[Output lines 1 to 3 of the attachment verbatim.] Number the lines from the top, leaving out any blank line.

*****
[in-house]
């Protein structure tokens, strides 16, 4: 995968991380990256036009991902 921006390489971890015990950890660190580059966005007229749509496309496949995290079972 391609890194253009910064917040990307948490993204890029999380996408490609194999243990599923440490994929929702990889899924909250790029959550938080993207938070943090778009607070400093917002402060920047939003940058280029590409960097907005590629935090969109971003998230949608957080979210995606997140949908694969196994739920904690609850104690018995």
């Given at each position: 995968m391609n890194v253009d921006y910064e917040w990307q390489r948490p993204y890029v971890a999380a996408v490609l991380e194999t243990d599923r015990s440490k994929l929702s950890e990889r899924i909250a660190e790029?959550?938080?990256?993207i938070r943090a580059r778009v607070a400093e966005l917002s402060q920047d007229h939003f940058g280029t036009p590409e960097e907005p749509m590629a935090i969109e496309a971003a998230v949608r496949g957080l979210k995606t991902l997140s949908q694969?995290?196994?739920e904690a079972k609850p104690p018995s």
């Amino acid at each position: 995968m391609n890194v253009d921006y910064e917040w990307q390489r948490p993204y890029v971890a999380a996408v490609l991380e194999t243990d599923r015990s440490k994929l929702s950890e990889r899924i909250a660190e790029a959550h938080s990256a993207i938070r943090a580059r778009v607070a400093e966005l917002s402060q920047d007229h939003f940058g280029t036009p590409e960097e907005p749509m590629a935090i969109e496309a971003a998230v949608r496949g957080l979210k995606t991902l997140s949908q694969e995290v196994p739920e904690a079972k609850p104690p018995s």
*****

[in-house]
């Protein structure tokens, strides 16, 4: 995968991380990256036009991902 921006390489971890015990950890660190580059966005007229749509496309496949995290079972 391609890194253009910064917040990307948490993204890029999380996408490609194999243990599923440490994929929702990889899924909250790029959550938080993207938070943090778009607070400093917002402060920047939003940058280029590409960097907005590629935090969109971003998230949608957080979210995606997140949908694969196994739920904690609850104690018995």
């Given at each position: 995968m391609n890194v253009d921006y910064e917040w990307q390489r948490p993204y890029v971890a999380a996408v490609l991380e194999t243990d599923r015990s440490k994929l929702s950890e990889r899924i909250a660190e790029?959550?938080?990256?993207i938070r943090a580059r778009v607070a400093e966005l917002s402060q920047d007229h939003f940058g280029t036009p590409e960097e907005p749509m590629a935090i969109e496309a971003a998230v949608r496949g957080l979210k995606t991902l997140s949908q694969?995290?196994?739920e904690a079972k609850p104690p018995s």